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Mayor Becky Glewen proposes city administrator for Beaver Dam

May 3, 2019

City officials are looking at a major change to the way Beaver Dam operates.

Mayor Becky Glewen has proposed creating a city administrator position for Beaver Dam and making the elected mayor part-time. The city currently has the full-time elected mayor who presides over the Common Council alongside a director of administration, who handles a wide range of responsibilities.

The plan is still in the exploratory stage, but under Glewen’s proposal, the director of administration would become more of a financial officer. The city administrator would manage the city’s operations.

Glewen said there would be continuity since the city administrator would continue in the role after an election.

“The mayor and council still would oversee the administrator, so you would have direct hiring over that individual,” Glewen said. “The mayor still is your head, your council and mayor are still at the head of the community, but they are more directing policy and attending events, running meetings, those types of things.”

Creating the new position would require changing the city charter, a process that would include public hearings. Glewen said she will invite members of an association of city managers to speak to the community. Glewen said the idea has growing support among other communities in Wisconsin as well as the League of Wisconsin Municipalities.

According to data provided by the league, more than 150 municipalities in Wisconsin have moved to a city administrator. Beaver Dam is one of 190 cities in the state.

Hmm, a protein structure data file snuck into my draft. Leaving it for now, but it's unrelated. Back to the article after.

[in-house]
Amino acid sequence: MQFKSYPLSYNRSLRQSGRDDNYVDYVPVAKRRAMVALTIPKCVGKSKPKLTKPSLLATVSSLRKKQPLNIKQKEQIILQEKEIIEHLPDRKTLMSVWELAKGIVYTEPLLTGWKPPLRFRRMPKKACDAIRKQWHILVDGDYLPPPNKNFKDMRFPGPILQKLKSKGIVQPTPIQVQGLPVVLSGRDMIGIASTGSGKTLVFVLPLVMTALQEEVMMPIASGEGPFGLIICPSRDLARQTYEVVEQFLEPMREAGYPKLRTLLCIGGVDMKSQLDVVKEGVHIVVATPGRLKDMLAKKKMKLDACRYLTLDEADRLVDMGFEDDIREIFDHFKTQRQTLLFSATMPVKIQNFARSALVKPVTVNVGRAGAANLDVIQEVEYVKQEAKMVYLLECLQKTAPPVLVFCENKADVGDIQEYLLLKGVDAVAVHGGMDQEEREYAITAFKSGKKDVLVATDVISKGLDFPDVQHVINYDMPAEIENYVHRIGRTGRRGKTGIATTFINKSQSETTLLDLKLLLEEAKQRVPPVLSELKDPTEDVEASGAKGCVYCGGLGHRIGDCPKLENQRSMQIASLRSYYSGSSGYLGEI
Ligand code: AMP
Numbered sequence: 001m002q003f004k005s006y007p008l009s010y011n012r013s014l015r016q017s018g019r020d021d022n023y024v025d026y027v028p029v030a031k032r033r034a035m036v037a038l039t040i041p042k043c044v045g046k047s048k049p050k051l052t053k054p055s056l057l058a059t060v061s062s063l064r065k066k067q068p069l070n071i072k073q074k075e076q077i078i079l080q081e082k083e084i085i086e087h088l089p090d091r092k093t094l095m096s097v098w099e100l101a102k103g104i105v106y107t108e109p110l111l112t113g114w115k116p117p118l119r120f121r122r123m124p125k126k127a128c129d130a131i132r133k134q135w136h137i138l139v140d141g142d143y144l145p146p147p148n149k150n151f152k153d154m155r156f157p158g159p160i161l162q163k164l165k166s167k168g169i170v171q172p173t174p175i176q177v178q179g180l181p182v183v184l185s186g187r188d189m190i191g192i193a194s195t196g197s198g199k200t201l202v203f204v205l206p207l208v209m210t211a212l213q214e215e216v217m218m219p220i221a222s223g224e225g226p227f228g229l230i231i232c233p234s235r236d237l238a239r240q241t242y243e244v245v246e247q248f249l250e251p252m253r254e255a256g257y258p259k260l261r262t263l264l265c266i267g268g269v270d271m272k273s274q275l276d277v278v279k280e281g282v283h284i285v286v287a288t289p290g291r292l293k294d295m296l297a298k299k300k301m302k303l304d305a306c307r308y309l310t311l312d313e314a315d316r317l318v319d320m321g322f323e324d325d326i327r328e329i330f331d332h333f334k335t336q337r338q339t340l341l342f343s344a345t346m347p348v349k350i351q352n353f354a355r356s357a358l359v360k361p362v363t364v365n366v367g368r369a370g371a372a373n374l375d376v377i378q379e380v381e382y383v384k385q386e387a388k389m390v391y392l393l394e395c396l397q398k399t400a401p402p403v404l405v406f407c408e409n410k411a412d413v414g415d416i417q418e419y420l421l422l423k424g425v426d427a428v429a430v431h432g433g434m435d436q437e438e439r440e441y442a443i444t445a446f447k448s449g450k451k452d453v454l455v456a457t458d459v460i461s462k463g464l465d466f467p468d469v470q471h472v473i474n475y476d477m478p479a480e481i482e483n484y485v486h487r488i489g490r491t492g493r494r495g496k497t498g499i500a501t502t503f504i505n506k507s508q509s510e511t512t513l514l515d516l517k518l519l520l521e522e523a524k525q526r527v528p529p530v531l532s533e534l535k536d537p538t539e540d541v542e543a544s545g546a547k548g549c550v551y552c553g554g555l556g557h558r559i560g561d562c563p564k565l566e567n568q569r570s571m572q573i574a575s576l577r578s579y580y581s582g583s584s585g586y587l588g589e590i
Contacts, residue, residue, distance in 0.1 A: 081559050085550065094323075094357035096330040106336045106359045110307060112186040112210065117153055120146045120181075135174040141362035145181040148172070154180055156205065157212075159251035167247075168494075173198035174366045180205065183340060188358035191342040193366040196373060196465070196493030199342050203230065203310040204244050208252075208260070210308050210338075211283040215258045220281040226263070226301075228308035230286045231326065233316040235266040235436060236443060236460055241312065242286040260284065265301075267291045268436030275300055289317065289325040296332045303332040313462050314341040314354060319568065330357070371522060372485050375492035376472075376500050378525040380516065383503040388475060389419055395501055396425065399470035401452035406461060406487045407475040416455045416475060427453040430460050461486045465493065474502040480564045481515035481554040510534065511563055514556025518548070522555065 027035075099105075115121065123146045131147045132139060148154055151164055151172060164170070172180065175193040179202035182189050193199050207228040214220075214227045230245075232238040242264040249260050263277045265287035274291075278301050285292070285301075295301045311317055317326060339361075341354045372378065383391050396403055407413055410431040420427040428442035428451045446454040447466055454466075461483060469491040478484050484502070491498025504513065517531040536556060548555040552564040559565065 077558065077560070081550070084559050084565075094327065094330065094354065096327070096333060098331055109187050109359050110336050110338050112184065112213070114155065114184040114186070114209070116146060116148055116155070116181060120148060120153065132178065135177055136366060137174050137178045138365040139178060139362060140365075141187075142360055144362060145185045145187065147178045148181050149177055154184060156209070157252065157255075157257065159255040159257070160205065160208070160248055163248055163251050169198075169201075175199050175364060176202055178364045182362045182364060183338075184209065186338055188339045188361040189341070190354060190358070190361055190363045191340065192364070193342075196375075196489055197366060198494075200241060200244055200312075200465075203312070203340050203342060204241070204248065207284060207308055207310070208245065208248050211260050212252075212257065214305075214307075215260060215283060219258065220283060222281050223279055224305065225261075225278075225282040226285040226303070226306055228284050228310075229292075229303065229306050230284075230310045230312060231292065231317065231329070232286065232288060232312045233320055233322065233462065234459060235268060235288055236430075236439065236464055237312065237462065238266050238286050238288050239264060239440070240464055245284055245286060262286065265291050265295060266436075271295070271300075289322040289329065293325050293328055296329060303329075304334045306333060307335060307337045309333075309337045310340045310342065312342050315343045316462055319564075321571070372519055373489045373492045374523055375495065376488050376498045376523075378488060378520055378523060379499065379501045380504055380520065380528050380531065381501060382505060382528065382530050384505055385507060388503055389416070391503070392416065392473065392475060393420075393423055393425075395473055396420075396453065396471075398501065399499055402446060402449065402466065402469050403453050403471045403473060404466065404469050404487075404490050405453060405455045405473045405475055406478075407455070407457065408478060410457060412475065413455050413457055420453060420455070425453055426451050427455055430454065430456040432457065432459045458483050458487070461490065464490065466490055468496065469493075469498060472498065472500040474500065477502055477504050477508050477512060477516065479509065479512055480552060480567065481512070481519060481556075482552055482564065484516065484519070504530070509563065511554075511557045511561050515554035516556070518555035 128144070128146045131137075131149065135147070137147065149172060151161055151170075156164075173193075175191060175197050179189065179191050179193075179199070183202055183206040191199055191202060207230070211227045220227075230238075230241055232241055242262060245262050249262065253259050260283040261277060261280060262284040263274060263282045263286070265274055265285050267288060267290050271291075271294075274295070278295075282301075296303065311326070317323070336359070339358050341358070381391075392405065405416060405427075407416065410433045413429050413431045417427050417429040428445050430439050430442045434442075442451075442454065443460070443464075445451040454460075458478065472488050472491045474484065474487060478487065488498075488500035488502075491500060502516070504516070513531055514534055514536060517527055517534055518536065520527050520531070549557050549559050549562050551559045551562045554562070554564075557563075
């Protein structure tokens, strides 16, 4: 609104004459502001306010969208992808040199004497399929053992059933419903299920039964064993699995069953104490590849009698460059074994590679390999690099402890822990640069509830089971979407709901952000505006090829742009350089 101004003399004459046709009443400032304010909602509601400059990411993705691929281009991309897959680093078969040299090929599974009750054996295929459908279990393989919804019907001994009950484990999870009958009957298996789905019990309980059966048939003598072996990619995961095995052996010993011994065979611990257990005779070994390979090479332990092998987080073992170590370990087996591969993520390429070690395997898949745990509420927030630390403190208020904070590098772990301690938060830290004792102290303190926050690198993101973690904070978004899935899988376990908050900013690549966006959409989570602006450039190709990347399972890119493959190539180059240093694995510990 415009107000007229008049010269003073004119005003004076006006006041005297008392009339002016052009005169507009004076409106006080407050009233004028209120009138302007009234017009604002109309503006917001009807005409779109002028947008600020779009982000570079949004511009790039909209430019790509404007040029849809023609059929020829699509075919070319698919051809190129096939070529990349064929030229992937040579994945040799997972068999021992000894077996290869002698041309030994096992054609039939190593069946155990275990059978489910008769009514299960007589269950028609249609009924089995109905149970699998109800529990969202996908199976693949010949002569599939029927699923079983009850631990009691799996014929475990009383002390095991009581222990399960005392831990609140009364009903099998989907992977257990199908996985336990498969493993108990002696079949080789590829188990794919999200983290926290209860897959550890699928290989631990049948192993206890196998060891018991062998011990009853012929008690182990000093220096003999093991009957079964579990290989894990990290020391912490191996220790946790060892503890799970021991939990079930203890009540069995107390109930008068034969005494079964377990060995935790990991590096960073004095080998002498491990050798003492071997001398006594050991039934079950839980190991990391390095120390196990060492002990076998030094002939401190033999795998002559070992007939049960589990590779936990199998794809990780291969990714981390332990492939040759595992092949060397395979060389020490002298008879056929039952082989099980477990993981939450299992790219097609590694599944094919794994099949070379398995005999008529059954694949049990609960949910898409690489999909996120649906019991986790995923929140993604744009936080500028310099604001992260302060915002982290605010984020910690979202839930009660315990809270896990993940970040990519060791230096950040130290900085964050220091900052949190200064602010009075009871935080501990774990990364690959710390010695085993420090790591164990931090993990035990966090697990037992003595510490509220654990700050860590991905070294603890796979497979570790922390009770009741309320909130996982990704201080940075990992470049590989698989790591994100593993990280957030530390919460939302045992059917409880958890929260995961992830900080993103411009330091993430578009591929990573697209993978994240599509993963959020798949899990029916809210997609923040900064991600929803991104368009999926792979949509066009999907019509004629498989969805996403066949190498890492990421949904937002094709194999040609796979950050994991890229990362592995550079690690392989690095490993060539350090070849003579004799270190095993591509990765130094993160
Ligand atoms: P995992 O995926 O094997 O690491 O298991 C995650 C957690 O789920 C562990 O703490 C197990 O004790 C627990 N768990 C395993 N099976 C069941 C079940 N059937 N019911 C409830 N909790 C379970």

“The difficulty of it is then looking at how to get to that point and also how do you pay for it?” Glewen said. “That’s part of this exploratory process that we’ll be looking at.”

A new highly paid position would be an extra cost, but some of it could come from savings like reducing the mayor’s role from full time to part time. The mayor’s salary is $60,000.

The city’s longtime director of administration, John Somers, recently retired and was succeeded by Jeff Wiswell. Some human resources responsibilities were moved away from the director to the mayor and the city attorney in anticipation of a move toward a city administrator.

Many communities of Beaver Dam’s size already have city administrators, like Menomonie, Oconomowoc and Marshfield. Smaller cities like Columbus have one, too, serving alongside the mayor.

“I make sure that the policies and ordinances of the city are enforced. I carry out the direction of the city council,” said Patrick Vander Sanden, the administrator for Columbus. “But it really includes everything involved in the city organization, from personnel to service delivery, really the umbrella of the city.”

He said that, as administrator, he tries to anticipate issues that the council may need to address and will do research on policy and possible ordinance changes.

He said he tries to keep his door open to anyone, and Columbus Mayor Michael Thom does as well.

Glewen is not the first mayor to advocate to a city administrator. Jack Hankes, mayor from 2004-08, has publicly supported the idea of converting to a city administrator structure.

Tom Kennedy, mayor from 2008-17, talked about how things work in Beaver Dam during a Wisconsin Public Radio forum about city administrators in 2012. He spoke about how, in the wake of the 2008 flood, people came to him as the mayor for help.

Fond du Lac doesn’t even have a mayor. The city operates under the council-manager form of government, where a city manager reports to the city council. Brian Kolstad, the council president in Fond du Lac, said the arrangement puts more emphasis on the seven council members and their role in making policy and decisions.

Glewen said she is ready to make a push for the change in Beaver Dam.

“I think the city administrator is definitely something we should take on,” she said.